More and more West Virginians, financially burdened by the COVID-19 pandemic, are turning to food banks to put meals on their tables – and one team of West Virginia University physicians is pledging to provide more fresh and frozen food for those in need.
Through a dedicated School of Medicine outreach program – HOPE – the team is working to raise $90,000 for a refrigerated trailer for West Virginians via Mountaineer Food Bank.
HOPE – which stands for healthcare, opportunity, people, and education – serves to identify community-based needs and improve access to healthcare throughout the state, as well as working to enhance West Virginia’s economic status.
“Our land-grant mission is to help the residents of West Virginia and we take that mission very seriously,” Dr. Clay Marsh, vice president and executive dean for WVU Health Sciences, said. Marsh charged his assistant deans for outreach with identifying ways to help West Virginians amid the COVID-19 pandemic.
Due to the economic impact, food banks in West Virginia and beyond have seen a significant rise in demand in recent months.
Longtime Mountaineer Food Bank supporter Dr. Larry Rhodes, executive director of rural programs for the Health Sciences Center and professor for the School of Medicine’s Division of Pediatric Cardiology, suggested partnering with the organization, West Virginia’s largest emergency food provider. Dr. Joe Prudhomme, assistant dean for outreach and associate professor for the School of Medicine, devised the fundraising drive for a refrigerated trailer.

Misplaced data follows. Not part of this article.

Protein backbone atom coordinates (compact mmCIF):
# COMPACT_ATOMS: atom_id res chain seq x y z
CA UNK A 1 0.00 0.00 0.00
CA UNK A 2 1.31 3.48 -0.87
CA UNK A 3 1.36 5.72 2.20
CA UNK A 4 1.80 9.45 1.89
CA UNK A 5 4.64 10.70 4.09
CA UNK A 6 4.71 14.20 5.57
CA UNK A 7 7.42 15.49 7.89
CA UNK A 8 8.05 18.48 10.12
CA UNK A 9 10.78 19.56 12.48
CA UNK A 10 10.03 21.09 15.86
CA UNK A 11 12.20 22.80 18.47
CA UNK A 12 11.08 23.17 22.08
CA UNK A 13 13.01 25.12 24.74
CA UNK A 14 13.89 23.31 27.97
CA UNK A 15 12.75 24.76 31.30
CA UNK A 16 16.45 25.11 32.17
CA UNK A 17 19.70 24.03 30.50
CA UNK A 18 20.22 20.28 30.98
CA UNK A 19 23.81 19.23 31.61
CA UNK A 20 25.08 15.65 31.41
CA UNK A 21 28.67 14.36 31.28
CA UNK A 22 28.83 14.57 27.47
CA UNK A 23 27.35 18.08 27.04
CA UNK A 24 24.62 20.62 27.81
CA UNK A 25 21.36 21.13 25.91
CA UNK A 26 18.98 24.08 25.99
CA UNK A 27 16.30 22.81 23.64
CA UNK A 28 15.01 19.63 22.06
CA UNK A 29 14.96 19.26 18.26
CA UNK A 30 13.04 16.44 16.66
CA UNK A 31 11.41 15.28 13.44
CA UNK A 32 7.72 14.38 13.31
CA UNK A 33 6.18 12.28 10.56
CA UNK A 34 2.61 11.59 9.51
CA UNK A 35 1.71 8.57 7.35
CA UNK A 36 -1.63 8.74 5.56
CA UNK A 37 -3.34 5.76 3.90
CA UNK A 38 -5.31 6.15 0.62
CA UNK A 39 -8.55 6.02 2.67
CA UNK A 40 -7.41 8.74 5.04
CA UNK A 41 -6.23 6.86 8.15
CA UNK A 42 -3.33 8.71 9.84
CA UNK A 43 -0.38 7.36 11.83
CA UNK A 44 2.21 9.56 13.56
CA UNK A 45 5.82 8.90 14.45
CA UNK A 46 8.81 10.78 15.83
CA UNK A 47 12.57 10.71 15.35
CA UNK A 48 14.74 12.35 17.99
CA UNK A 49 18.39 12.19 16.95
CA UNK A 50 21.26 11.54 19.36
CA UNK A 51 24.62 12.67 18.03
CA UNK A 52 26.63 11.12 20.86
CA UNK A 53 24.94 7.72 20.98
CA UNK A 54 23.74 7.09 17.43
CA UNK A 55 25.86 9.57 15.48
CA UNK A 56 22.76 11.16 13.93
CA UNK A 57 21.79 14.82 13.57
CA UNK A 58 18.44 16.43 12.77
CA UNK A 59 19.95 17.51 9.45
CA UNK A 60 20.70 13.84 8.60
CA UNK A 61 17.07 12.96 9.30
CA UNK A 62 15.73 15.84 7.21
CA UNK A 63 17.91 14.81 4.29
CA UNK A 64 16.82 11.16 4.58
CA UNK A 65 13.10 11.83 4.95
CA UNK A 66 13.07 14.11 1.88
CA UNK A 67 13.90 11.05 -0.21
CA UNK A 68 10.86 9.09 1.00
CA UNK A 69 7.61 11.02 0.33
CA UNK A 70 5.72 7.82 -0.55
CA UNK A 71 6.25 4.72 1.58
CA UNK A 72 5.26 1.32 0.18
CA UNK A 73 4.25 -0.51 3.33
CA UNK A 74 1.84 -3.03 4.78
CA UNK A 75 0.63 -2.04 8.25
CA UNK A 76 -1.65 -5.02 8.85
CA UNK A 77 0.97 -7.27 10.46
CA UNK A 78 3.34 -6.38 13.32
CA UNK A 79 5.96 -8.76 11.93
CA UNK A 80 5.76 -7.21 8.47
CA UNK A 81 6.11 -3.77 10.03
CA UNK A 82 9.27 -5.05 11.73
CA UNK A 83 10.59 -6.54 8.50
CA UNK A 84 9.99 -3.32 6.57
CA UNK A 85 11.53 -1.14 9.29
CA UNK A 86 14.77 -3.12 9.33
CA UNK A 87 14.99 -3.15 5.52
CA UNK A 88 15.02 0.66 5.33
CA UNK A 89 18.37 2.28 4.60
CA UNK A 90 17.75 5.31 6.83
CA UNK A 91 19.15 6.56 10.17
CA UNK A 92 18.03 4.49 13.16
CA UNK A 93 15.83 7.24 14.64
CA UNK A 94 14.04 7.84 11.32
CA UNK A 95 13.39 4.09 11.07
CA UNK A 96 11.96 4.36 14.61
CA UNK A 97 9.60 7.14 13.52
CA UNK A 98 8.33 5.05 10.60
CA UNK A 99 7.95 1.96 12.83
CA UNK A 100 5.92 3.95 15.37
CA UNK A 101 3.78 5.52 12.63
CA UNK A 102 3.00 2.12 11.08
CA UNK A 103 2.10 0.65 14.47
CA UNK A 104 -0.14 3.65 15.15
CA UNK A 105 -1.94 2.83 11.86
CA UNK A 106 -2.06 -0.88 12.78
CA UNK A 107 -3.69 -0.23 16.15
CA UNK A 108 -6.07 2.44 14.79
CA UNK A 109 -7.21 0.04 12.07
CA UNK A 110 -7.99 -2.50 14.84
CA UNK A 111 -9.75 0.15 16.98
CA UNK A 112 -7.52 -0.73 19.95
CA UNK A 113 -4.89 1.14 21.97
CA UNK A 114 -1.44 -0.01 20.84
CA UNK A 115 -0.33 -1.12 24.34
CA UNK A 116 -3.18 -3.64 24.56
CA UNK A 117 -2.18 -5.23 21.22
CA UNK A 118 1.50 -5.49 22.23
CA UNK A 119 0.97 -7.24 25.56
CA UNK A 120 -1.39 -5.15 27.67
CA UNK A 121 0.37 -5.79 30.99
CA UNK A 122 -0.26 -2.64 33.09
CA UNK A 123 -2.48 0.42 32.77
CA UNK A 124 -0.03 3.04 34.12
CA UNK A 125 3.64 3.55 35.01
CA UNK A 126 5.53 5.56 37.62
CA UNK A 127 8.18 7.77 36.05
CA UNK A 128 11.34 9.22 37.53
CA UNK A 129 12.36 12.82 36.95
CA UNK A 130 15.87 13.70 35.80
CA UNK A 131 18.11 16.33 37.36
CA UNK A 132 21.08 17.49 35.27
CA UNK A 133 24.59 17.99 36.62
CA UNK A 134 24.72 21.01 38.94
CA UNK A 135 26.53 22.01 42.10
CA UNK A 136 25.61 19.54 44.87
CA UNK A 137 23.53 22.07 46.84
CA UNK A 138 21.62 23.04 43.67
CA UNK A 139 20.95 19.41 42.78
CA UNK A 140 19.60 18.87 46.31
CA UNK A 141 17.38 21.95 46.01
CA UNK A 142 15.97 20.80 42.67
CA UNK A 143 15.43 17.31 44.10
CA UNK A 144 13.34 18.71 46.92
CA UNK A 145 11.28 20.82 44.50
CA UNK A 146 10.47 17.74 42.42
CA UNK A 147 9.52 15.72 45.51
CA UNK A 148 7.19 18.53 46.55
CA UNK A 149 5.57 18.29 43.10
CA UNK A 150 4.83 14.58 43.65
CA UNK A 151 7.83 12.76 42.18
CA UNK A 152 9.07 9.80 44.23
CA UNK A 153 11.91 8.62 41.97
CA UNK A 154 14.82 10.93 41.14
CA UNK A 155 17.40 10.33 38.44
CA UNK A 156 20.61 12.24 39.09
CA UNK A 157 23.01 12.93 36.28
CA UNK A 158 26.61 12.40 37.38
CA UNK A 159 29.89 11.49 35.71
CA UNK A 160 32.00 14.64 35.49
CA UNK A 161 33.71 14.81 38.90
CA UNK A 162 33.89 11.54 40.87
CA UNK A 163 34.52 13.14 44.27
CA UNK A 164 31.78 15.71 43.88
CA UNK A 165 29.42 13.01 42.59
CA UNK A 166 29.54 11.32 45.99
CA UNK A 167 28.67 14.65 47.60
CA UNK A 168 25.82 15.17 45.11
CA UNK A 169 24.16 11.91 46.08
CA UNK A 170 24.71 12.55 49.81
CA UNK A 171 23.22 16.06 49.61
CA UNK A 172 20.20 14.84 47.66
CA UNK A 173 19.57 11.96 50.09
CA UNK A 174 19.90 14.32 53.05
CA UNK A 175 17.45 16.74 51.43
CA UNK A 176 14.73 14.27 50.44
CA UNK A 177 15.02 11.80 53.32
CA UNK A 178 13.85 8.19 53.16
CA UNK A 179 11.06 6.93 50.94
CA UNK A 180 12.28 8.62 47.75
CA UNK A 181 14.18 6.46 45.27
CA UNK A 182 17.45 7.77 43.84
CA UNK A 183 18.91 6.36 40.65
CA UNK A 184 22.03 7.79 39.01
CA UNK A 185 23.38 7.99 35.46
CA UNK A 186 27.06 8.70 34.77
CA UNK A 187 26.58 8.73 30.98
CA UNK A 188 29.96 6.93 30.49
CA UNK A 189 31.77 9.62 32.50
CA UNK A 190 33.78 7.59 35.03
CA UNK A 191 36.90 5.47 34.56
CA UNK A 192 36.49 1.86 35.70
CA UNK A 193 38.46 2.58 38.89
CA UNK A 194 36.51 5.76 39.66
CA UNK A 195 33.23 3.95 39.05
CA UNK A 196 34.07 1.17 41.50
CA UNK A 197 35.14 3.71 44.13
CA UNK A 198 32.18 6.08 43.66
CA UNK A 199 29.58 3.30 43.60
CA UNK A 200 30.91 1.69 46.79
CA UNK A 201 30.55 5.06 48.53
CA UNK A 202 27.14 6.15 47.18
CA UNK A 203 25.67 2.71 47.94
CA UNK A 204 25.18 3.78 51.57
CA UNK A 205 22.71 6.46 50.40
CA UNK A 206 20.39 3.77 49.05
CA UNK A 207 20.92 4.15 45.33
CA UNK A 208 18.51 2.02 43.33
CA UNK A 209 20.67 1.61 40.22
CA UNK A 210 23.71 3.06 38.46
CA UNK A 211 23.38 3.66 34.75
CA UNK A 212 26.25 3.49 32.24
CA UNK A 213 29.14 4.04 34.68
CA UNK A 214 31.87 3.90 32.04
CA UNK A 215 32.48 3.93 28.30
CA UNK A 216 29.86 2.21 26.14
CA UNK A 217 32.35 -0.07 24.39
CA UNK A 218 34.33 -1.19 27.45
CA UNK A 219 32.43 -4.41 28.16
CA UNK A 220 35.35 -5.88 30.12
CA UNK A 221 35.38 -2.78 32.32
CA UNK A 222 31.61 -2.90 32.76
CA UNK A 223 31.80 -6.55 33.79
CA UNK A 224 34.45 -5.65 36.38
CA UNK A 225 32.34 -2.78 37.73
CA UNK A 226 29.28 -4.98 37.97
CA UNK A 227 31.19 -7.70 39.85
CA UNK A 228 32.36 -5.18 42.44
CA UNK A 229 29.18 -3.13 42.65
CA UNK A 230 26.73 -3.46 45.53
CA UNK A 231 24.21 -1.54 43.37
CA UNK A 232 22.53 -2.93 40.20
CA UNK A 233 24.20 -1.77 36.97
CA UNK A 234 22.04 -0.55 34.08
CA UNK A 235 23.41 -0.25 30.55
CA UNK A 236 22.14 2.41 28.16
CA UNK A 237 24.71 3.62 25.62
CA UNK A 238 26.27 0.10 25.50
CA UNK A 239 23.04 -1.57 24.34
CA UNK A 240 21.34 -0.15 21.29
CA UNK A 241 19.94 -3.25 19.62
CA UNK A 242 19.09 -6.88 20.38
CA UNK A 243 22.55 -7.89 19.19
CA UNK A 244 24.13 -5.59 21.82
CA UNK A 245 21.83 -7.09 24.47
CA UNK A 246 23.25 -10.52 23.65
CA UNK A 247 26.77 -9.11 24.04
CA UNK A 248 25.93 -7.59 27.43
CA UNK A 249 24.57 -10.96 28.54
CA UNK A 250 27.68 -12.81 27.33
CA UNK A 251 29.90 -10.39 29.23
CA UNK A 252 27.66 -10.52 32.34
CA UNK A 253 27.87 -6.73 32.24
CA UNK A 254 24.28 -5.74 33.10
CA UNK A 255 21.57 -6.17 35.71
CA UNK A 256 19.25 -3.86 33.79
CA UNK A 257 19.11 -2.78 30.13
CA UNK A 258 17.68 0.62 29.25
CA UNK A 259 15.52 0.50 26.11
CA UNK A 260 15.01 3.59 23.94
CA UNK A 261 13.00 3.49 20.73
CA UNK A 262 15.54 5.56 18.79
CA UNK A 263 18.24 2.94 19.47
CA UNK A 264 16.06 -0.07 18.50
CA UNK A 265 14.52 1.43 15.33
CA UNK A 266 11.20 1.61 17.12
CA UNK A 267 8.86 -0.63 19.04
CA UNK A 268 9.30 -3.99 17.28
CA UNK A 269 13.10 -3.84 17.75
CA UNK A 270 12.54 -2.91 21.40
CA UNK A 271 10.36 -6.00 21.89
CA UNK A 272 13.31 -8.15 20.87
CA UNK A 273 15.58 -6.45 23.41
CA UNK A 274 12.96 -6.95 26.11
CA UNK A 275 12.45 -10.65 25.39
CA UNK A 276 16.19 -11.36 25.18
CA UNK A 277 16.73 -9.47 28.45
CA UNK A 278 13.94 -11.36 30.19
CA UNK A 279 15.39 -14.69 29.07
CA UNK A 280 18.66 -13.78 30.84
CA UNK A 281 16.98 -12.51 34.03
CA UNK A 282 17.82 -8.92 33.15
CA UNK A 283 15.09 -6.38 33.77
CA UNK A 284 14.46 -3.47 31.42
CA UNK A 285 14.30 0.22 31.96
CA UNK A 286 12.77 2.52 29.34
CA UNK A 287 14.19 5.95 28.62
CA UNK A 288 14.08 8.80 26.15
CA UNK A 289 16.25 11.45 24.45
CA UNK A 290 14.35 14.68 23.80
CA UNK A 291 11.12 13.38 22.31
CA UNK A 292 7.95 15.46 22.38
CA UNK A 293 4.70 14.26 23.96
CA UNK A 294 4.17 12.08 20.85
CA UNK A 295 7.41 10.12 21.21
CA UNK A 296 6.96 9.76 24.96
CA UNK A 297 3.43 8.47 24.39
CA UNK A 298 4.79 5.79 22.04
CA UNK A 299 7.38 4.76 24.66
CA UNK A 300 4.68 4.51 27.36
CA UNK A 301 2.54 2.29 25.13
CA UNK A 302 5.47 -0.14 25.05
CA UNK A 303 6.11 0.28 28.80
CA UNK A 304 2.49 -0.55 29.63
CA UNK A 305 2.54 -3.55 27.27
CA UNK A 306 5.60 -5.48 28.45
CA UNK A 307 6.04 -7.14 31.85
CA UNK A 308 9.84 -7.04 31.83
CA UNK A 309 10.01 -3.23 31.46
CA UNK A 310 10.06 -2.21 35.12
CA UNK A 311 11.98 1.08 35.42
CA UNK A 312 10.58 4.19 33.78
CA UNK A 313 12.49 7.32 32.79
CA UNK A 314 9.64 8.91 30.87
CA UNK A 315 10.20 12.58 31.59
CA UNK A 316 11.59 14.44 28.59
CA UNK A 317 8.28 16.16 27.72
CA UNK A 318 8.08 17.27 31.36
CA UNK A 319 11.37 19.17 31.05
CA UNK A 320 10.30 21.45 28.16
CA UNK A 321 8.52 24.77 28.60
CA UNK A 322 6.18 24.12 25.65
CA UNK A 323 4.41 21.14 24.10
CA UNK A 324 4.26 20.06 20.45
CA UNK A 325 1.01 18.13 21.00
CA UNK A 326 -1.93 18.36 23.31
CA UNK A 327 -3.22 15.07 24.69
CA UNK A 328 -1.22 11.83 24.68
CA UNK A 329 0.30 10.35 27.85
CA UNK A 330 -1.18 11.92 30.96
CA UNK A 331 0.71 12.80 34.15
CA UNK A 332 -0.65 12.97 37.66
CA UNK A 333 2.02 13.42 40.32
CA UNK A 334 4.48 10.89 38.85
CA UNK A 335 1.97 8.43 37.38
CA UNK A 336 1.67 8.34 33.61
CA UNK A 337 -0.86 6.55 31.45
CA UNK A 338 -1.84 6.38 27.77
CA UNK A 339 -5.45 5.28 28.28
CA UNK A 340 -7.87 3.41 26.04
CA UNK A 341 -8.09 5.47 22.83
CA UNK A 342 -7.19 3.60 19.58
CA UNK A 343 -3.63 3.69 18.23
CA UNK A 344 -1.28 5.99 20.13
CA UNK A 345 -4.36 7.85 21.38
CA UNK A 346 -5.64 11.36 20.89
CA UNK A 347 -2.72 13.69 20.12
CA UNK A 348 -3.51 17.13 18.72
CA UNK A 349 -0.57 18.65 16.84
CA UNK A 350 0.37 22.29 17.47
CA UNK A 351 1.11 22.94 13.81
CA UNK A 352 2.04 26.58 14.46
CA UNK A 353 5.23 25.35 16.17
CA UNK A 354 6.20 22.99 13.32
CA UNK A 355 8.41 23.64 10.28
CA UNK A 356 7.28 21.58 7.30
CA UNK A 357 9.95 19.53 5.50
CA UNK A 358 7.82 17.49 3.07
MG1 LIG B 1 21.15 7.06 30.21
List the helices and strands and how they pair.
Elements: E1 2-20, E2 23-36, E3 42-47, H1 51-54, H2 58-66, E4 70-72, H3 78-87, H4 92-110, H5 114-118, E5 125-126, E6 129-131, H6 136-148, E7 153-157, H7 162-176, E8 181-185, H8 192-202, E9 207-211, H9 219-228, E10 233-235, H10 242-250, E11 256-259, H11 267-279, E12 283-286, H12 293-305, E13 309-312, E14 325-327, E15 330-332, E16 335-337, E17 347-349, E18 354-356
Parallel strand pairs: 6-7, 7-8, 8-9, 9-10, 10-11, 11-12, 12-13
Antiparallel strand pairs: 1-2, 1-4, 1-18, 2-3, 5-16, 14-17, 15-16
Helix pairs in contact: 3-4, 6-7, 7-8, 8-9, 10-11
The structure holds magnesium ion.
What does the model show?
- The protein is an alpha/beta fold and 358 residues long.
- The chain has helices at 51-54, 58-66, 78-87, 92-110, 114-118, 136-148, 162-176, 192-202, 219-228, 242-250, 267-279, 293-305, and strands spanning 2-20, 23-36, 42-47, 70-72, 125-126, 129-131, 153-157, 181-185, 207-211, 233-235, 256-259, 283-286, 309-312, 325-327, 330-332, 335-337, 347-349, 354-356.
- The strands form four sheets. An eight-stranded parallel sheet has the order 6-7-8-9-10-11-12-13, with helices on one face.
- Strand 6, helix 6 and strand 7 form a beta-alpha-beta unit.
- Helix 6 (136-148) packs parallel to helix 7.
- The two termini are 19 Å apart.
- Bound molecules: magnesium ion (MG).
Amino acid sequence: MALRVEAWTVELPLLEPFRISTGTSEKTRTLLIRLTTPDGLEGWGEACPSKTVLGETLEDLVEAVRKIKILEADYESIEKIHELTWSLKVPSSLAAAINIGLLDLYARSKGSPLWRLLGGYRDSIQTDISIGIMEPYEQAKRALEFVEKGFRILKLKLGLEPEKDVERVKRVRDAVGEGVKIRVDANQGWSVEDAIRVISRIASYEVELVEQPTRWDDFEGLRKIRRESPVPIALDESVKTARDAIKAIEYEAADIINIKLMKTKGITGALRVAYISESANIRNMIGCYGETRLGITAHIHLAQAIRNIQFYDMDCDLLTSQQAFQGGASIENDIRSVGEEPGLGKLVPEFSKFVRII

“Everybody has plenty of dry storage, but refrigeration capacity is the limiting factor,” Prudhomme said.
Raising money for a refrigerated trailer that can be used to distribute fresh and frozen foods across the state seemed like a timely project they could reasonably tackle, Prudhomme said. He’s encouraging faculty, students and staff to contribute and hopes to eventually get participants across campus involved with food distribution.
Centrally located in Braxton County, MFB distributes over 16.7 million pounds of food annually to more than 450 feeding programs in 48 of the state’s 55 counties.
Nearly $25,000 has been raised or pledged to date. That total includes pledges of $10,000 from the HOPE program and $10,000 from the four physicians behind the effort. In addition to Rhodes and Prudhomme, Dr. John Brick, associate dean of rural outreach and J.F. Brick Endowed Chair of Neurology for the School of Medicine, and Dr. Rebecca Schmidt, assistant dean for outreach and professor for the School of Medicine, are involved.
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